Booker Prize 2020 winner: add this book to your lockdown reading pile, pronto

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Hollie Richardson
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Booker Prize 2020 shortlist

Douglas Stuart’s debut novel, Shuggie Bain, has just been named the Booker Prize for Fiction 2020 winner. Here’s why you should add it to your lockdown reading pile

What a year it has been in the literary world. 

From Zadie Smith swiftly reacting to the pandemic with a new set of powerful essays, to Maggie O’Farrell taking the Women’s Prize with her eighth novel Hamnet, and Marcus Rashford launching a book club for children from disadvantaged backgrounds – books have once more brought light during a dark and worrying time. 

For a lot of people, escaping in a good book has been the perfect way to switch off and relax in lockdown. We’ve been stocking up on new novels and memoirs from independent bookshops, constantly topping up that reading pile on the bedside table.

That’s why bookworms will be excited to hear that the Booker Prize for Fiction 2020 winner has just been announced, giving us another reason to order a new novel.

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This year’s shortlist for the Prize, which was released back in September, included:

  • Diane Cook (USA), The New Wilderness, Oneworld Publications
  • Tsitsi Dangarembga (Zimbabwe), This Mournable Body, Faber & Faber
  • Avni Doshi (USA), Burnt Sugar, Hamish Hamilton, Penguin Random House
  • Maaza Mengiste (Ethiopia/USA), The Shadow King, Canongate Books
  • Douglas Stuart (Scotland/USA), Shuggie Bain, Picador, Pan Macmillan
  • Brandon Taylor (USA), Real Life, Originals, Daunt Books Publishing
Shuggie Bain by Douglas Scott.
Booker Prize for Fiction 2020 winner: Shuggie Bain by Douglas Scott.

It has now been announced that Dougie Stuart has won the Booker Prize for Fiction 2020 with his debut novel, Shuggie Bain, which is about a boy in 1980s Glasgow trying to support his mother as she struggles with addiction and poverty.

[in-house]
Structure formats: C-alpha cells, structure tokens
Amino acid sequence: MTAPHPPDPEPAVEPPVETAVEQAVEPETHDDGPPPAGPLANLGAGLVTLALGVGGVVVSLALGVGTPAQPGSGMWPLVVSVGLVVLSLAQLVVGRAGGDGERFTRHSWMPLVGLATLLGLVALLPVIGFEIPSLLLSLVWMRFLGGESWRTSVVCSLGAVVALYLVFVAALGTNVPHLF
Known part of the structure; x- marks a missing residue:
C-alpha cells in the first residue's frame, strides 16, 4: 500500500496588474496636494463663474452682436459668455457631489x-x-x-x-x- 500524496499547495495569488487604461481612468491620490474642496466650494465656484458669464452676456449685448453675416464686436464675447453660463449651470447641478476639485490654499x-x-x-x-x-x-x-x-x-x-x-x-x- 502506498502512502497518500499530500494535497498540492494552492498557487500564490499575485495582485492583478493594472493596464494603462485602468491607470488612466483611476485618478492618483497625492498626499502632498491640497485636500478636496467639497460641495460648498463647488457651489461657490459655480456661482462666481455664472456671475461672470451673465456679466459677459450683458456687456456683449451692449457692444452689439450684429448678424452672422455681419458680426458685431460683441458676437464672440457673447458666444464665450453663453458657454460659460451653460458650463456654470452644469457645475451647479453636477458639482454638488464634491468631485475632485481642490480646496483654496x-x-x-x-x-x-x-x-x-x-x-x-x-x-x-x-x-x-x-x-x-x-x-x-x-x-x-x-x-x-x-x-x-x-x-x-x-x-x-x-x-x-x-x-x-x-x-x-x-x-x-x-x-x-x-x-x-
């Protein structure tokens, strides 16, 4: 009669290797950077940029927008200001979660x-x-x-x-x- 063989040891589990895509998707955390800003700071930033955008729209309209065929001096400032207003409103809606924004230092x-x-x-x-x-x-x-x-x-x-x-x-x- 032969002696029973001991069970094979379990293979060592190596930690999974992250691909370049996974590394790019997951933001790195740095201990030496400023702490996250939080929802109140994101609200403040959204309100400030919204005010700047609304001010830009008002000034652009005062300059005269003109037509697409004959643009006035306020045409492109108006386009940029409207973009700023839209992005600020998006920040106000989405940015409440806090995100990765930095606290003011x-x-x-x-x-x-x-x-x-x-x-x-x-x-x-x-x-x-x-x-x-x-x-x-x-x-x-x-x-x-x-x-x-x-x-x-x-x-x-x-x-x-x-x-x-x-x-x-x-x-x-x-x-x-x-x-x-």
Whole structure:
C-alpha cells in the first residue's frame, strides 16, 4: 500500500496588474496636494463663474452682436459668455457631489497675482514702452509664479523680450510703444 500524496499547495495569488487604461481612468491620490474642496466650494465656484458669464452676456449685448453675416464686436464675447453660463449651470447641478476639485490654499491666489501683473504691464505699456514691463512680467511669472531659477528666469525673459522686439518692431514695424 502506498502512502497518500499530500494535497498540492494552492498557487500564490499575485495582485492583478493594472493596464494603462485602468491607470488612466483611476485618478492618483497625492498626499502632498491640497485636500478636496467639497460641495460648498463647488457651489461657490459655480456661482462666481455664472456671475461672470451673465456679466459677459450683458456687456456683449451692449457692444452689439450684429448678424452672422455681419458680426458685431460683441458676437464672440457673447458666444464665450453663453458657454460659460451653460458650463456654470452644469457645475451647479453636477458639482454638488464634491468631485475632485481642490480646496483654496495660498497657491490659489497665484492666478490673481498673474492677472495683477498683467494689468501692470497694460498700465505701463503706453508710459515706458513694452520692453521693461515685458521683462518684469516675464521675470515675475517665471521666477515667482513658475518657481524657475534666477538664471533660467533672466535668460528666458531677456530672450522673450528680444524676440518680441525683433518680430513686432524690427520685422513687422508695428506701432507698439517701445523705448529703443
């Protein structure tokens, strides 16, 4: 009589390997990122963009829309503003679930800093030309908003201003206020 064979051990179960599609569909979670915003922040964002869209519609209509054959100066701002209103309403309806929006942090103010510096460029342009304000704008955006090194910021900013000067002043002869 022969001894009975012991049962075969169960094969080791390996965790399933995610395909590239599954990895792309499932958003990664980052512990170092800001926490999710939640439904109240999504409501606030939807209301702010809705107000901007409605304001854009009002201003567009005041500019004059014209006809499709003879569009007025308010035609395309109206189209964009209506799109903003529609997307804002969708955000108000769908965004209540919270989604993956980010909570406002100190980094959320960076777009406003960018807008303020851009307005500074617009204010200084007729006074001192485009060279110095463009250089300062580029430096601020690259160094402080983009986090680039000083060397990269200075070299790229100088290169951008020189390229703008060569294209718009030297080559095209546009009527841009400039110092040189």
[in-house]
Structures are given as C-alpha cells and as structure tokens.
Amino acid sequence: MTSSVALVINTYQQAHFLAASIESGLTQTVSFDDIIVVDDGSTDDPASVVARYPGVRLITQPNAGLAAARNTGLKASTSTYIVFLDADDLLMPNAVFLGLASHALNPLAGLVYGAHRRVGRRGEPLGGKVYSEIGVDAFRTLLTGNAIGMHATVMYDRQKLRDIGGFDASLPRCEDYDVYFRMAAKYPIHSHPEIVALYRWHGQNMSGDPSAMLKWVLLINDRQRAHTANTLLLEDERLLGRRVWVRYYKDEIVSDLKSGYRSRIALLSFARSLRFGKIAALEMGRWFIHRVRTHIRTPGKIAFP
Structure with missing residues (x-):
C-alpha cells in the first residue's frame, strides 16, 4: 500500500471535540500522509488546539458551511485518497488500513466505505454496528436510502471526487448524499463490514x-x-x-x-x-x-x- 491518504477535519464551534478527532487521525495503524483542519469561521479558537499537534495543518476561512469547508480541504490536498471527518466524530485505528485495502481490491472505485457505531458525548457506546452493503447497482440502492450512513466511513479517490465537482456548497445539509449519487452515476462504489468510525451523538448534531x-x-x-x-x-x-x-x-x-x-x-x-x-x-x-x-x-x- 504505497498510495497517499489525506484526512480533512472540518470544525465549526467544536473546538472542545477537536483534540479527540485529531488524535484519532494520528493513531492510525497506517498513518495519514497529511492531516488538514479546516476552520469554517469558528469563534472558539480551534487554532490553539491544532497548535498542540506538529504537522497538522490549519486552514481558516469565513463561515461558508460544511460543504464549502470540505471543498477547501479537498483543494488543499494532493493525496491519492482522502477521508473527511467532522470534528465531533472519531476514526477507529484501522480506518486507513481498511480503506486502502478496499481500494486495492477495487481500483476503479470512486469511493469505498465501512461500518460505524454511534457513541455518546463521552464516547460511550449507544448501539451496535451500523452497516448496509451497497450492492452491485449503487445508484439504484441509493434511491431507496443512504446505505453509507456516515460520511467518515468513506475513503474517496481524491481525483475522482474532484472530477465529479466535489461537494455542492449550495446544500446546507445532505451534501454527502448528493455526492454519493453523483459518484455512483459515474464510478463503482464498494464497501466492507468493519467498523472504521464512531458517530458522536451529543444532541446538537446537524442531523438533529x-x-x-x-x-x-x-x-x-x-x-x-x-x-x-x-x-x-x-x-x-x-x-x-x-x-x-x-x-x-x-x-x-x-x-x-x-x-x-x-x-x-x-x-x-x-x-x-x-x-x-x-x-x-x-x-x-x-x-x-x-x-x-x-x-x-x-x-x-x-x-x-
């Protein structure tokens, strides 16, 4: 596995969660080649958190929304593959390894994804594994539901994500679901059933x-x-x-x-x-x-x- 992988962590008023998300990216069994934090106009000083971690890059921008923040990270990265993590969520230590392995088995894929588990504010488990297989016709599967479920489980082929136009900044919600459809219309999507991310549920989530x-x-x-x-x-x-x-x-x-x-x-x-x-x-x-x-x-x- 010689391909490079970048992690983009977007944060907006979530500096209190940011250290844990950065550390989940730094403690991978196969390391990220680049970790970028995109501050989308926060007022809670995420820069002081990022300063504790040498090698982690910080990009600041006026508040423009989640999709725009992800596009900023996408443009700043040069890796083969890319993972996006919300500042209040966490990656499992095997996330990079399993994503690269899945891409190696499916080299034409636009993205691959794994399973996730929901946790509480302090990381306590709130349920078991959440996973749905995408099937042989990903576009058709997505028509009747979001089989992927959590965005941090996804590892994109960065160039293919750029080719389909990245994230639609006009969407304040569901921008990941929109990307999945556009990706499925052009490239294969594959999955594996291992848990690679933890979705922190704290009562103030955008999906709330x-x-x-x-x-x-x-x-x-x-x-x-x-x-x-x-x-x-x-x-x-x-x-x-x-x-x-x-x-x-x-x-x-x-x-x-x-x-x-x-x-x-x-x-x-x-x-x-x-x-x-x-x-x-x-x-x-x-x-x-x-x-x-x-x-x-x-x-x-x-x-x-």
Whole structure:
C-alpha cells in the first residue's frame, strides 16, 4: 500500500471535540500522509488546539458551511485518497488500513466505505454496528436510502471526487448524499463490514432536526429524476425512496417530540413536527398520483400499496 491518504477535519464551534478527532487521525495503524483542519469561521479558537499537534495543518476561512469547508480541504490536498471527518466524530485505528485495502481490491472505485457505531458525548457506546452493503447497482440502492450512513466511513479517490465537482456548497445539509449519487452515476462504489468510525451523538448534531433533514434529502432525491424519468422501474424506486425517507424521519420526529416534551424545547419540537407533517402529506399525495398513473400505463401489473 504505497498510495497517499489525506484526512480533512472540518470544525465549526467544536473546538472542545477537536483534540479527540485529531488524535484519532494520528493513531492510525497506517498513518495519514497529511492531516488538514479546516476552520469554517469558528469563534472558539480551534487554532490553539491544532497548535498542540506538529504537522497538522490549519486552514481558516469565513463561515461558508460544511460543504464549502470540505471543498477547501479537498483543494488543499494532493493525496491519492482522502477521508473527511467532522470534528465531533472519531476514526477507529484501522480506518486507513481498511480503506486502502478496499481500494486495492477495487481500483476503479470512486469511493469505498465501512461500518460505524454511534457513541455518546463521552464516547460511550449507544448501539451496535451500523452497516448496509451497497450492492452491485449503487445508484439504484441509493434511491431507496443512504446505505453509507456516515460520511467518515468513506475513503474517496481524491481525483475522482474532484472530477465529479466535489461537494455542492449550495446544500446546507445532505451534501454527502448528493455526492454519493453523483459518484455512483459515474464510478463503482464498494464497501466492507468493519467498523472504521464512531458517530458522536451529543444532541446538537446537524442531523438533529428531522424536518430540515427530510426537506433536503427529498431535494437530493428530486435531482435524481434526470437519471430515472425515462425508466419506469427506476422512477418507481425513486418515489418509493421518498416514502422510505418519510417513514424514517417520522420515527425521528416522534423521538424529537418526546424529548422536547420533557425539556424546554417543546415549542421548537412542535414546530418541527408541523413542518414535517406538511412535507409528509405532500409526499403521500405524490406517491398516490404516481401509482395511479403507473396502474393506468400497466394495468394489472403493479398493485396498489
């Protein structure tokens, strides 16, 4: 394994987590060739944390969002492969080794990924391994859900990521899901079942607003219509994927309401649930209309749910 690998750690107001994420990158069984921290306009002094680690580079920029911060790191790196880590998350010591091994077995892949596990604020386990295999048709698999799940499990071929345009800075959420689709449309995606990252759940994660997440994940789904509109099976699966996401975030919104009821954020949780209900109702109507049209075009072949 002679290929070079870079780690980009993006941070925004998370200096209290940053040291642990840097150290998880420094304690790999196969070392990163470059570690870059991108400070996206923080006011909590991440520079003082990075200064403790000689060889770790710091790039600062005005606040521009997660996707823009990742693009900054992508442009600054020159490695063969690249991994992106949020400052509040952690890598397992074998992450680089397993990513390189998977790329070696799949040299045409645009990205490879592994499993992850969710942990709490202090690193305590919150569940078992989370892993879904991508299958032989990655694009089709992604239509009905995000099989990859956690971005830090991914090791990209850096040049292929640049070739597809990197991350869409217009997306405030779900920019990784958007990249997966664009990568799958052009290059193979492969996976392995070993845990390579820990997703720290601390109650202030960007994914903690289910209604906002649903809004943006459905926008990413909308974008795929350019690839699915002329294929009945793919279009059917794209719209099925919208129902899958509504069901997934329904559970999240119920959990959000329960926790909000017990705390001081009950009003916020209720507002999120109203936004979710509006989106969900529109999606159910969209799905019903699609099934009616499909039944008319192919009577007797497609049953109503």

Stuart, who grew up in Glasgow, moved to New York to start his career in fashion design. His writing has appeared in LitHub and The New Yorker, including a recently published short story The Englishman. He has previously said that the 1994 Booker winner How Late It Was, How Late by James Kelman changed his life as it was one of the first times he saw his people and dialect on the page. 

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As reported by BBC News, Stuart was “absolutely stunned” to win. He said: “For 30 years I’ve carried a lot of loss and love and pain, so I wanted to say what it is like… to write this has been hugely cathartic”.

Currently living in America, he said he is hoping the prize money will help him “focus on my writing”, which will now be his main career, as well as help him return to Glasgow. He added: “I married an American which is why I’m here but my heart is in Scotland. My family are all still there. I’m always looking for a way home.” 

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Chair of judges Margaret Busby said the judges’ decision was unanimous and they only “took an hour to decide”.

She explained: “It’s dealing with [a] tough subject matter, with characters not having an easy time – some of the things that happen will make you smile but it’s not one where everyone lives happily ever after. It’s not a pleasant read, but it’s a hopeful read, challenging, intimate, gripping.”

But of course, although this might be first on your reading list, every single title in the Booker prize 2020 longlist is worthy of your reading pile, especially as nine of the 13 authors were women.

It’s a good job we have at least two more weeks of lockdown to use as an excuse for reading hibernation, eh?

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Hollie Richardson

Hollie is a digital writer at, mainly covering the daily news on women’s issues, politics, celebrities and entertainment. She also keeps an ear out for the best podcast episodes to share with readers. Oh, and don’t even get her started on Outlander…